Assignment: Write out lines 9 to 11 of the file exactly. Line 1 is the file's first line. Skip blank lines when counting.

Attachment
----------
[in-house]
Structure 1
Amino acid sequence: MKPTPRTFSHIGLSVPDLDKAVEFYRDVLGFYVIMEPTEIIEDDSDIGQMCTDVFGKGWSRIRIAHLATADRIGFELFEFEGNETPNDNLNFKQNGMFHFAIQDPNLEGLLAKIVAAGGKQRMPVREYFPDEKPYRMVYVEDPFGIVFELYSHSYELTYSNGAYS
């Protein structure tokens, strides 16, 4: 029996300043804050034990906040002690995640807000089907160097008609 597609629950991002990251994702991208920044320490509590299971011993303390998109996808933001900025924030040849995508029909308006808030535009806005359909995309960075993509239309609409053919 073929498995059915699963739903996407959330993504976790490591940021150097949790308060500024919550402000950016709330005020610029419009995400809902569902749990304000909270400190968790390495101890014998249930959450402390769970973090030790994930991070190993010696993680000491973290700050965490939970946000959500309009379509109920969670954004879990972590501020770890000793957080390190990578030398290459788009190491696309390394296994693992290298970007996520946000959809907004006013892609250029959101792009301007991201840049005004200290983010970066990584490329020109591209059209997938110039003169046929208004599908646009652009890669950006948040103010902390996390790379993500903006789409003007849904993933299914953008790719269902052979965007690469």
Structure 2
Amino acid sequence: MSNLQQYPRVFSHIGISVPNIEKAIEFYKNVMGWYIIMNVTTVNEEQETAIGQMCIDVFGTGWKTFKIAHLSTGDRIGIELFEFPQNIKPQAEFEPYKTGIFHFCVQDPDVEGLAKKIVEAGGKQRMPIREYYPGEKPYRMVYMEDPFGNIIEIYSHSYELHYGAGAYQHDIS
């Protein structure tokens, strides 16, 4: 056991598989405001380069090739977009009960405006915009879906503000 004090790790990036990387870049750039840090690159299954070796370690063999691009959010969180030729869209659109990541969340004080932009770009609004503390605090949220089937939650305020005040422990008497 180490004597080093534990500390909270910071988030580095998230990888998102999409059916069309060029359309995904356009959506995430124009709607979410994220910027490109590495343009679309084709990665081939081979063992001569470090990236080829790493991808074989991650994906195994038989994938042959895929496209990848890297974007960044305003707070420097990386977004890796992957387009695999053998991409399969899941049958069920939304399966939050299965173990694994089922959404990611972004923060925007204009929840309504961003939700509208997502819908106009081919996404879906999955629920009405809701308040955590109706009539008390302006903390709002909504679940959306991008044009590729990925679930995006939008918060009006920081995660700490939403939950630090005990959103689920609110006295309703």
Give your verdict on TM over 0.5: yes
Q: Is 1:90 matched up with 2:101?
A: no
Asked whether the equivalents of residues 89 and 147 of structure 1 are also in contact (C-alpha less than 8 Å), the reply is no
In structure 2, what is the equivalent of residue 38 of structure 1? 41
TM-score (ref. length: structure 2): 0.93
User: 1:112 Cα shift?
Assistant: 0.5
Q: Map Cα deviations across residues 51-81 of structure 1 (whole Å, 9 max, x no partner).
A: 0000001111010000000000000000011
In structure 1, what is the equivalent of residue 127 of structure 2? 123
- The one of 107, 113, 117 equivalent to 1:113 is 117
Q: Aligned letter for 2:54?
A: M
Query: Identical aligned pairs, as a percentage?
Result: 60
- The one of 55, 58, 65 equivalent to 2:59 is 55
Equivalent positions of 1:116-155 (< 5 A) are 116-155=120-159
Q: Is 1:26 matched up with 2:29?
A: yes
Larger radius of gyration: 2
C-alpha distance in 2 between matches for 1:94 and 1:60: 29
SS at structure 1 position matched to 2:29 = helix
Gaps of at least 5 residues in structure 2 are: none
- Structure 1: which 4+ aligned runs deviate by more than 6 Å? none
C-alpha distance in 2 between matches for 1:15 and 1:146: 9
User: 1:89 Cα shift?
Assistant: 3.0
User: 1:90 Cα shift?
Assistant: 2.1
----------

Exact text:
Q: Is 1:90 matched up with 2:101?
A: no
Asked whether the equivalents of residues 89 and 147 of structure 1 are also in contact (C-alpha less than 8 Å), the reply is no